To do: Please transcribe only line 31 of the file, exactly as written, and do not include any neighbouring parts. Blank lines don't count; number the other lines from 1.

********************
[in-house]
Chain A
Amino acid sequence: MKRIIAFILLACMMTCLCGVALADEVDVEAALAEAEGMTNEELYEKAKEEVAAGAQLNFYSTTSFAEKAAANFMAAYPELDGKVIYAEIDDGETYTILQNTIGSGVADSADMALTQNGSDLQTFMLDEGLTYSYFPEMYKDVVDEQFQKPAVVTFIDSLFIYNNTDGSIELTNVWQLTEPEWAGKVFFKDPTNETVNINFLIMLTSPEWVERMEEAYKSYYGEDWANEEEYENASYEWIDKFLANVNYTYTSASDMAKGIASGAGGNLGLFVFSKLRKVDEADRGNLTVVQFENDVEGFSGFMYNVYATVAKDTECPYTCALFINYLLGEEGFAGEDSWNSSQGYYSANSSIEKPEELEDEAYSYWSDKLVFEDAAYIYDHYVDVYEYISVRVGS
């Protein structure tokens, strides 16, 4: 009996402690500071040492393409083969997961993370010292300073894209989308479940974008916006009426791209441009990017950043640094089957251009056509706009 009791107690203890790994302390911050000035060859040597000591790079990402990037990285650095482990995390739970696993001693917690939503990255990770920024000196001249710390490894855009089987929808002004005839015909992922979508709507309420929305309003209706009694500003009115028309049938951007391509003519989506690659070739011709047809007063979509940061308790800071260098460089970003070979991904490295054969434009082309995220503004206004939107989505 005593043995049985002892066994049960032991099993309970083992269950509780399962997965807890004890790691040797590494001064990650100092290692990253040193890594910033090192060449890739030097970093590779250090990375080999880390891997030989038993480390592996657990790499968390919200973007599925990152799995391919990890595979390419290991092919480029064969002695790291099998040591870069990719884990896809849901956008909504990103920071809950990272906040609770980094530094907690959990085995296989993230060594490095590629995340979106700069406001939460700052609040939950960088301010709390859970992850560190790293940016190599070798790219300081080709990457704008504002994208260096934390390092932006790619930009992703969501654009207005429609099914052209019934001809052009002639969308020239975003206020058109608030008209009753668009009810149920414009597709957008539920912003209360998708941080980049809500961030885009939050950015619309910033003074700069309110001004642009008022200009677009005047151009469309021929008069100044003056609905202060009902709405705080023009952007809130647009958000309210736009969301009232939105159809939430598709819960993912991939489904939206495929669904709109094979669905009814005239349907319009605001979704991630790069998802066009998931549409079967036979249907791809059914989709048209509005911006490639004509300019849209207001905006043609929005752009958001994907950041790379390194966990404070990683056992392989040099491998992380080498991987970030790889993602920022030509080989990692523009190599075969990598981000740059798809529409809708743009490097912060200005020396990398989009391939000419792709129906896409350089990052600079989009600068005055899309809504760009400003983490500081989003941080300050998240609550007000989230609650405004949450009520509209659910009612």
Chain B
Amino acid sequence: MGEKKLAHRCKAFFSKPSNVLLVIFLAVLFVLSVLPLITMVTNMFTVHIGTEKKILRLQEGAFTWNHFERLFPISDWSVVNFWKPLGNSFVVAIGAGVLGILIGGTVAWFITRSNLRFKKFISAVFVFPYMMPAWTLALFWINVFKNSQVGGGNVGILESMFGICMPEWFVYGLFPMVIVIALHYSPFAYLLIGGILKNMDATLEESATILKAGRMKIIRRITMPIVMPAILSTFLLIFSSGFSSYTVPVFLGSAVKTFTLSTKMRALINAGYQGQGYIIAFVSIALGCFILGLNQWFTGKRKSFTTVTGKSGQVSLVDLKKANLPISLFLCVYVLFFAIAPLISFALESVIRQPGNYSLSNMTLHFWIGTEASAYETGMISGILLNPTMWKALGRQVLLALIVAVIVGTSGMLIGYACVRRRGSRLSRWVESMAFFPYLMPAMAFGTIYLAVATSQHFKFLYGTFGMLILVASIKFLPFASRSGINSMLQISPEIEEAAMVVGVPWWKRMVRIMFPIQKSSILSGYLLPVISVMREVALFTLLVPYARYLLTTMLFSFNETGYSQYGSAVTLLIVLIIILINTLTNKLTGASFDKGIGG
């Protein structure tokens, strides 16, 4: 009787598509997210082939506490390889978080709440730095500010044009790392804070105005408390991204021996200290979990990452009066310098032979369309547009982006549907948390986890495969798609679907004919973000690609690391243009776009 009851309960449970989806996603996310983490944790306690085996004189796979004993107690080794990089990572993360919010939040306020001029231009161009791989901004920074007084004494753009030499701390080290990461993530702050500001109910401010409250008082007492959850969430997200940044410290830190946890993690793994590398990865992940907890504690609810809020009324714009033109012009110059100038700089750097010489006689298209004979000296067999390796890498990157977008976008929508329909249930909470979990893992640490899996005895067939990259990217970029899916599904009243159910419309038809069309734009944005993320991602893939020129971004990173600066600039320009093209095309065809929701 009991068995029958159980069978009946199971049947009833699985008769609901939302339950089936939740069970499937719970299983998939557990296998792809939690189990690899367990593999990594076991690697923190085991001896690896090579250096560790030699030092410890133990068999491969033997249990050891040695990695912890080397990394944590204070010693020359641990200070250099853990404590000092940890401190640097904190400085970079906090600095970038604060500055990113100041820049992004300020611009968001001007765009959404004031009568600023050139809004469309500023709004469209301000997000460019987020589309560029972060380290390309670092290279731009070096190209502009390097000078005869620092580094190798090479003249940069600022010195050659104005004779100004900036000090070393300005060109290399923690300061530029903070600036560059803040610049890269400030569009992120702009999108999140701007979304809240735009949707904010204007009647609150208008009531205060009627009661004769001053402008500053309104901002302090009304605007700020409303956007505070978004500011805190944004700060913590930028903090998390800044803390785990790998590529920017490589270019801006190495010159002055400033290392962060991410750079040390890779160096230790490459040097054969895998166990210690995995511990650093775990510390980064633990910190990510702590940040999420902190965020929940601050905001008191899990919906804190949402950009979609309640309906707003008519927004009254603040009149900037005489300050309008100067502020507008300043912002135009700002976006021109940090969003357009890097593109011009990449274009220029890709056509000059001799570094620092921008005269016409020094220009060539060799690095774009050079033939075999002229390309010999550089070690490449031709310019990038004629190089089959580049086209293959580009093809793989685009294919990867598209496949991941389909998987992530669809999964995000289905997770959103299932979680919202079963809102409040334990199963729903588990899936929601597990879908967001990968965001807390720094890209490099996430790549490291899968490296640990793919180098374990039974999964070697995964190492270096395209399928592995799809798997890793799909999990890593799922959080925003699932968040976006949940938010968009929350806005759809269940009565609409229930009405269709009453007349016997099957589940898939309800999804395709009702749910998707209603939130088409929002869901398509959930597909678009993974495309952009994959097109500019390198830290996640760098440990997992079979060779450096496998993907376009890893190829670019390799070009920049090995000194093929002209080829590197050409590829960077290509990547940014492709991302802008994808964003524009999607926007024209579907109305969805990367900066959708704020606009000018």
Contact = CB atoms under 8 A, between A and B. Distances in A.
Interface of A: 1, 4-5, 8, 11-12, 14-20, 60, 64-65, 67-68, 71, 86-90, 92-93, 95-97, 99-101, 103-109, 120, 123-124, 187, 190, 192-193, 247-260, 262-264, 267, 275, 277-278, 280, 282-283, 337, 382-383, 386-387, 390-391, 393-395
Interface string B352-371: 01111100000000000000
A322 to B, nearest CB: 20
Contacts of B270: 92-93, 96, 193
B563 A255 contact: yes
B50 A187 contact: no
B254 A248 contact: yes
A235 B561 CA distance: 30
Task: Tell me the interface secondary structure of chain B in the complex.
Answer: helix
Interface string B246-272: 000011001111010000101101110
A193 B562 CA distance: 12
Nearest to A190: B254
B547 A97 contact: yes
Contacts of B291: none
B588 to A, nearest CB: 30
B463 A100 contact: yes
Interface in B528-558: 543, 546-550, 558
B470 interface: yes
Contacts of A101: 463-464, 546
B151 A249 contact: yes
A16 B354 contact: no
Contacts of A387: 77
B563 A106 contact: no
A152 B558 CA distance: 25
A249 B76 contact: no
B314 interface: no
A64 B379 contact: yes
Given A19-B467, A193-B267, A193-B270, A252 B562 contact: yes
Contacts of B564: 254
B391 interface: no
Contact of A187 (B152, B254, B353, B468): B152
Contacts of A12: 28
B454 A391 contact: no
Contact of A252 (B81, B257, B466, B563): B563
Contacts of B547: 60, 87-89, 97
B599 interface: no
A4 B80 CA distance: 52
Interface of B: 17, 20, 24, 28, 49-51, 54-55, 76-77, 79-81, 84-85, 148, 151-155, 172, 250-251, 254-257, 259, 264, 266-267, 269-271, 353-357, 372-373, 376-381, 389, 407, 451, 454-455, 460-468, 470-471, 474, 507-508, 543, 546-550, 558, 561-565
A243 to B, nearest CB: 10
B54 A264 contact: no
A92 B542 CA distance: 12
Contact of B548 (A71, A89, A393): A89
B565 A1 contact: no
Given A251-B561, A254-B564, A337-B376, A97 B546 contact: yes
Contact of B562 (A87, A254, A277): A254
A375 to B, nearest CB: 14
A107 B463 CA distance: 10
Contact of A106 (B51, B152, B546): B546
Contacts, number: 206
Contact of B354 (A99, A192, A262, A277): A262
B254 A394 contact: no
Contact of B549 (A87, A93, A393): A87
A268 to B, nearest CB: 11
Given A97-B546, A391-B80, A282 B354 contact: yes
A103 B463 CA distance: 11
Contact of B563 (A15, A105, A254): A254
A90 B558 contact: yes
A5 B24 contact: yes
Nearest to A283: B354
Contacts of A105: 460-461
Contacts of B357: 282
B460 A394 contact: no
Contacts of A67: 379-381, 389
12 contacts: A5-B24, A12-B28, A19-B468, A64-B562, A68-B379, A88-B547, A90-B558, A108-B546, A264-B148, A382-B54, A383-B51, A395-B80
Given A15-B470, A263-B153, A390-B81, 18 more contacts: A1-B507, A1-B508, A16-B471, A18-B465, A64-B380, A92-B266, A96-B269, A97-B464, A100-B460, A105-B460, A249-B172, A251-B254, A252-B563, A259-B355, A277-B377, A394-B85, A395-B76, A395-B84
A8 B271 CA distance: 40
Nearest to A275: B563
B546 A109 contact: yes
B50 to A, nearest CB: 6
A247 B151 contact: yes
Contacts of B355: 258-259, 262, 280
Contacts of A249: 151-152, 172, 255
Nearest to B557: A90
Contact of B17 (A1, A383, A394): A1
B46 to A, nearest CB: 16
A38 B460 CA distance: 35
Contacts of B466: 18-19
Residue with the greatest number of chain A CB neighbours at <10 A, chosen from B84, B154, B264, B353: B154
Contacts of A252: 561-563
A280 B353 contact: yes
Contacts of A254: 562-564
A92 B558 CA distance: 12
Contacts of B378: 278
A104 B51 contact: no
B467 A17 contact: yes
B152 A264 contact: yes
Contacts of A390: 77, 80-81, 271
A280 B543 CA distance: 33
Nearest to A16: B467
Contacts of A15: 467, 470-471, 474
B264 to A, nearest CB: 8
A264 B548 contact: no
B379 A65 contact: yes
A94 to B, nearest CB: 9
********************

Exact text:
Contacts of A387: 77